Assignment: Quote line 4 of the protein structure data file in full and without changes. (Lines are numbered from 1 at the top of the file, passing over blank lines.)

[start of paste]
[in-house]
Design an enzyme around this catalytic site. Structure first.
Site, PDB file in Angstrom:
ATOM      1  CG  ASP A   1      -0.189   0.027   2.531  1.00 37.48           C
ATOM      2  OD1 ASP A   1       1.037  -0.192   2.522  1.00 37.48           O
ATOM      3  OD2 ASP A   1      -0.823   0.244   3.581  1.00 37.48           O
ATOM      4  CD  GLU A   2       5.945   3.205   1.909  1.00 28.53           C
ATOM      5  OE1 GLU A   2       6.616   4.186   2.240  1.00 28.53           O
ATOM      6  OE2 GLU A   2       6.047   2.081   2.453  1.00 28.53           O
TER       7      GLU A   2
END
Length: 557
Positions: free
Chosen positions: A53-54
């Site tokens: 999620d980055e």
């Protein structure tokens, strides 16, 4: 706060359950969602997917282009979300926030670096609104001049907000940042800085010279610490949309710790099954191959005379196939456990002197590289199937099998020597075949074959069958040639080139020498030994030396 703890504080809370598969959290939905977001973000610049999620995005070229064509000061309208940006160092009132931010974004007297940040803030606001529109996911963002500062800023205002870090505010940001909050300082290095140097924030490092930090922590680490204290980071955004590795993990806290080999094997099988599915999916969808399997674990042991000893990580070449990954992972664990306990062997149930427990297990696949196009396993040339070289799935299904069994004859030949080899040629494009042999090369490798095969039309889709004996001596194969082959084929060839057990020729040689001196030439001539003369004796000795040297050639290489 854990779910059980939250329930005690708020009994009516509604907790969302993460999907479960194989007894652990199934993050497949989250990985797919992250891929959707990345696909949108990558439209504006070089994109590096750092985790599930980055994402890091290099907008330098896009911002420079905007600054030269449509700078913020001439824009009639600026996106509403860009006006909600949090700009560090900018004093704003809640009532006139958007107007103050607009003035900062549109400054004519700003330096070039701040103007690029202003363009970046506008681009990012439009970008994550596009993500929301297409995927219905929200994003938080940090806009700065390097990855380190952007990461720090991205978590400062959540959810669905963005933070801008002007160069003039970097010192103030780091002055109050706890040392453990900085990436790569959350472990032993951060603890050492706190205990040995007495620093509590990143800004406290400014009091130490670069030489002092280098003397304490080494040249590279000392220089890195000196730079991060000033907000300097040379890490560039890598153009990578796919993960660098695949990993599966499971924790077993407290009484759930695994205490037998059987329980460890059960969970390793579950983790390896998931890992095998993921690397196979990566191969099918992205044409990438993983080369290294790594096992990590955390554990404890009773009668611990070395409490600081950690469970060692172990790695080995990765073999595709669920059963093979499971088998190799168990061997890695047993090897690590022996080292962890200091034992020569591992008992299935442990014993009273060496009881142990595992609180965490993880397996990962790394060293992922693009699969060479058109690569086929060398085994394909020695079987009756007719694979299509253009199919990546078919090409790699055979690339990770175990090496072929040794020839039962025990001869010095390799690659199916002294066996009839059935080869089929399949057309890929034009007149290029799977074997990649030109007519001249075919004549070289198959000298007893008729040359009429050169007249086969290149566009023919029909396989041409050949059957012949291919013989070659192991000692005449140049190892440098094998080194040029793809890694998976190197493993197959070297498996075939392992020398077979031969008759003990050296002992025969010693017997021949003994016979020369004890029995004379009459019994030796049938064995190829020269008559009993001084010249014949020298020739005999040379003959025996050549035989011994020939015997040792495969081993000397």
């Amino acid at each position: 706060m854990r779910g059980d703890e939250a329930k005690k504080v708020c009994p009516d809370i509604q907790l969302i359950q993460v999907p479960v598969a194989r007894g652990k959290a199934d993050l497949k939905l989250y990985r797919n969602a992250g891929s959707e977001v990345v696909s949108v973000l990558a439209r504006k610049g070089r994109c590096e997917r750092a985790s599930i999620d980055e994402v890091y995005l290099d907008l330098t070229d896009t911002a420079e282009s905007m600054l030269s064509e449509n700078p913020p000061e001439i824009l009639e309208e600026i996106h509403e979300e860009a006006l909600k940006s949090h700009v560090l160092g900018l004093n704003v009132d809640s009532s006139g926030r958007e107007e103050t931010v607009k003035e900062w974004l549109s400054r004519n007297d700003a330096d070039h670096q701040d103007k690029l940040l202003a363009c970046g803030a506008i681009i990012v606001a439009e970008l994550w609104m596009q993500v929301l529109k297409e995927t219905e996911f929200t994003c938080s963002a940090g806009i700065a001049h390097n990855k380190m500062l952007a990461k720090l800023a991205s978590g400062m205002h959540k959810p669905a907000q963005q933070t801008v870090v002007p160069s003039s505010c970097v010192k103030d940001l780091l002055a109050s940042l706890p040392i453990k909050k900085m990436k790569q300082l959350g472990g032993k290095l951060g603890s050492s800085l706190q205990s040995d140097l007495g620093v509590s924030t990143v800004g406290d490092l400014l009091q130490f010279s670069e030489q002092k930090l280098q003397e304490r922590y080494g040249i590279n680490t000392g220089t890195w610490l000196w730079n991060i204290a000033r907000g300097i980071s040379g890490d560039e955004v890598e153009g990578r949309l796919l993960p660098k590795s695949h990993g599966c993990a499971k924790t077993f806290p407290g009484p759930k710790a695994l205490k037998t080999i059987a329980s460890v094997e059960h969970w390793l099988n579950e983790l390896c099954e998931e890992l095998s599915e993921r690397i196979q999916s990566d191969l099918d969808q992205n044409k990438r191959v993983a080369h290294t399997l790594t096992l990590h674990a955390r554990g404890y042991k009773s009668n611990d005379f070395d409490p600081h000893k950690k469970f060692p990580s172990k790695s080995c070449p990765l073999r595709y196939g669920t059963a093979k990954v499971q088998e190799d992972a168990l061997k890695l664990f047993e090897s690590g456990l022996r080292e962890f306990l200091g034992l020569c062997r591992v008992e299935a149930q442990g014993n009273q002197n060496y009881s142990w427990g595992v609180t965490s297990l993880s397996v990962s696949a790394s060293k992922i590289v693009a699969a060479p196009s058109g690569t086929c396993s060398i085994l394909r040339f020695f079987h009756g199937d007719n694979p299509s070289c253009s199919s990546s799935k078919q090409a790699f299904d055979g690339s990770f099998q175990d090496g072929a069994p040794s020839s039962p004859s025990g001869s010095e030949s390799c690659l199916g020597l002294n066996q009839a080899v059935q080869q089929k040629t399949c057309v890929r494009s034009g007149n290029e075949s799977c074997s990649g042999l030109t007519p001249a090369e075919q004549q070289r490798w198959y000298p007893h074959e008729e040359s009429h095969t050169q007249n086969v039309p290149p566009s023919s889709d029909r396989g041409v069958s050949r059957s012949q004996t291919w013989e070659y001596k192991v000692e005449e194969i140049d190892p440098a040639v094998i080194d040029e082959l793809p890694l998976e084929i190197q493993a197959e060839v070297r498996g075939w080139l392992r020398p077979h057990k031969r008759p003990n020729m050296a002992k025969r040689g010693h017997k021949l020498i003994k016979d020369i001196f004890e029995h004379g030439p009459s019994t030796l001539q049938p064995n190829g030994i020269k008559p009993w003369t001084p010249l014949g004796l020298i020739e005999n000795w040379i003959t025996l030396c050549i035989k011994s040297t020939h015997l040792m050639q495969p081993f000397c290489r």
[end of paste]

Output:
ATOM      1  CG  ASP A   1      -0.189   0.027   2.531  1.00 37.48           C